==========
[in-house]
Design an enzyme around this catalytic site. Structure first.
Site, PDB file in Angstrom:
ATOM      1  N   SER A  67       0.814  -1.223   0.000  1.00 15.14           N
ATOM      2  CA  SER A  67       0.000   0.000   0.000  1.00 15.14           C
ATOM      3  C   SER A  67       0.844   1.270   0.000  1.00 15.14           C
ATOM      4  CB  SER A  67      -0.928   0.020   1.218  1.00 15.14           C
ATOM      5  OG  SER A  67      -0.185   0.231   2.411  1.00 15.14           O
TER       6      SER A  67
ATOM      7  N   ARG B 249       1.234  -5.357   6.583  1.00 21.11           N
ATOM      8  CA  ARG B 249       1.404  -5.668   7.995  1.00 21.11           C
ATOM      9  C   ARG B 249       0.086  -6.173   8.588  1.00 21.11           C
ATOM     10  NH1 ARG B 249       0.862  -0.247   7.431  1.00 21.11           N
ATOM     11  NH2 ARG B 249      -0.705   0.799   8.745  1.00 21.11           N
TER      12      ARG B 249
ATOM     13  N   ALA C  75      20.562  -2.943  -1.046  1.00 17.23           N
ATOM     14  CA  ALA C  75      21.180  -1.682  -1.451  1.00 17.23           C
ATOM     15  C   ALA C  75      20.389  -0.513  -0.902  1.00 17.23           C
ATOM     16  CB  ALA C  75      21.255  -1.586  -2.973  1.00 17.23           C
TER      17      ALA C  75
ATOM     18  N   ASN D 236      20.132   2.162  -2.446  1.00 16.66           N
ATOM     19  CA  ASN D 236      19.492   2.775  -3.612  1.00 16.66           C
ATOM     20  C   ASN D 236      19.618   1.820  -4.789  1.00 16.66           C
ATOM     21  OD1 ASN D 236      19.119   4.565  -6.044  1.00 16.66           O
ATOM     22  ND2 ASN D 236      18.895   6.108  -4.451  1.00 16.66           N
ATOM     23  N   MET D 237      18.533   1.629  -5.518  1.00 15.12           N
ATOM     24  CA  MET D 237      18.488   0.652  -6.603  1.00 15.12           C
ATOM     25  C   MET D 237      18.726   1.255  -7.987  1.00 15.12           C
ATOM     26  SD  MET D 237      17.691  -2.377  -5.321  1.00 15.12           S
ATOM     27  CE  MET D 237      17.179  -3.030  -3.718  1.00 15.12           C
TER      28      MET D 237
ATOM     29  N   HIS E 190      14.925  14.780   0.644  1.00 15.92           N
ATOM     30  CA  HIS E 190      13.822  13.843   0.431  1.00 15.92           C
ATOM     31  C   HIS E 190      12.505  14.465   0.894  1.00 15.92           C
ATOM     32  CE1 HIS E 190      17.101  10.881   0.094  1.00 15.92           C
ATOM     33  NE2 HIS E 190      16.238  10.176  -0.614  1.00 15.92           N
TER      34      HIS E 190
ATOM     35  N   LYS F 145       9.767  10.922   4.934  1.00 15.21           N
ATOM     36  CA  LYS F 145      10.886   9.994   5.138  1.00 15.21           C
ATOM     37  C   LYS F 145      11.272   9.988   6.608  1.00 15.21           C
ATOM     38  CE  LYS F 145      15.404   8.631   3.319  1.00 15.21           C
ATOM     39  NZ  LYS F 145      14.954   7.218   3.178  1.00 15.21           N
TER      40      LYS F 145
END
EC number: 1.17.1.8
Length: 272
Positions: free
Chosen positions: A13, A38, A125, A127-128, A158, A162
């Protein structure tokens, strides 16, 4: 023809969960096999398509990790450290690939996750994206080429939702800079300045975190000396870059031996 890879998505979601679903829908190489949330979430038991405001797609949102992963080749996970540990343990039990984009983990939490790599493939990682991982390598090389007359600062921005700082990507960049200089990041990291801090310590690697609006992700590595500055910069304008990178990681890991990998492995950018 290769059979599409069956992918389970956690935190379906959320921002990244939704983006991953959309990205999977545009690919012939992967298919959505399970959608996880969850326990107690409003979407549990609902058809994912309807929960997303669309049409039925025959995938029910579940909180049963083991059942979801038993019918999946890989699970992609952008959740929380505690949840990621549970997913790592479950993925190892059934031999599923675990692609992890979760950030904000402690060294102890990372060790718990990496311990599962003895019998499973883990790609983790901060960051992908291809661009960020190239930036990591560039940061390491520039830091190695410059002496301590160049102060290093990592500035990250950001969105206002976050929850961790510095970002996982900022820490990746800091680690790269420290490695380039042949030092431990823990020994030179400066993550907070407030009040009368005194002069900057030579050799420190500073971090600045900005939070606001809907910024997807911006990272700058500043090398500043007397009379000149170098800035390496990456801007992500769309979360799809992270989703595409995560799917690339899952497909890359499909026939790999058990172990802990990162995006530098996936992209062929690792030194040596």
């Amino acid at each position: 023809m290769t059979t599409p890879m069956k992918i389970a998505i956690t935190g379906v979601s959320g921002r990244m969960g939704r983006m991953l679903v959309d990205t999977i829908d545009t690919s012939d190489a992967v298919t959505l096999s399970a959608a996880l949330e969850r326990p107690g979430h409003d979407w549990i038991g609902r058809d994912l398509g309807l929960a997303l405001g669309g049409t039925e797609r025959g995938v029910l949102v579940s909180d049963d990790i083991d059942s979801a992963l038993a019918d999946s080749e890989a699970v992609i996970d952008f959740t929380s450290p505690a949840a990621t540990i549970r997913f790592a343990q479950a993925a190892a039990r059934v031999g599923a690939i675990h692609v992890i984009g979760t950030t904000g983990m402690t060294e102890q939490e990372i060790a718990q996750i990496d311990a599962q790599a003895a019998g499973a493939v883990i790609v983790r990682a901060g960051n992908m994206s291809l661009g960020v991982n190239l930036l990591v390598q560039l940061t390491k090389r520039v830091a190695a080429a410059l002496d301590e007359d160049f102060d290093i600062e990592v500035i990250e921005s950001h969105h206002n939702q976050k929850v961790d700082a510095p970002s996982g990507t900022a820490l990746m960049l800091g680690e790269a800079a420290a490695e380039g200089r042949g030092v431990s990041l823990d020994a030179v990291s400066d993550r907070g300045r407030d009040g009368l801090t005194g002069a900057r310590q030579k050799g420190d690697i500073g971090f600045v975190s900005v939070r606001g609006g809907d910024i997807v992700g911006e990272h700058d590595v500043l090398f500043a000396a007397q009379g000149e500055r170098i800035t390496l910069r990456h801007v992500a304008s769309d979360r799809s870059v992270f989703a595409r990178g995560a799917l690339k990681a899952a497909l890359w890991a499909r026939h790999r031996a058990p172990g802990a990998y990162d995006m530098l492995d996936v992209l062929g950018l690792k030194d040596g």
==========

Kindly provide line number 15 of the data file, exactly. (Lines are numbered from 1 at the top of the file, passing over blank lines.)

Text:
TER      12      ARG B 249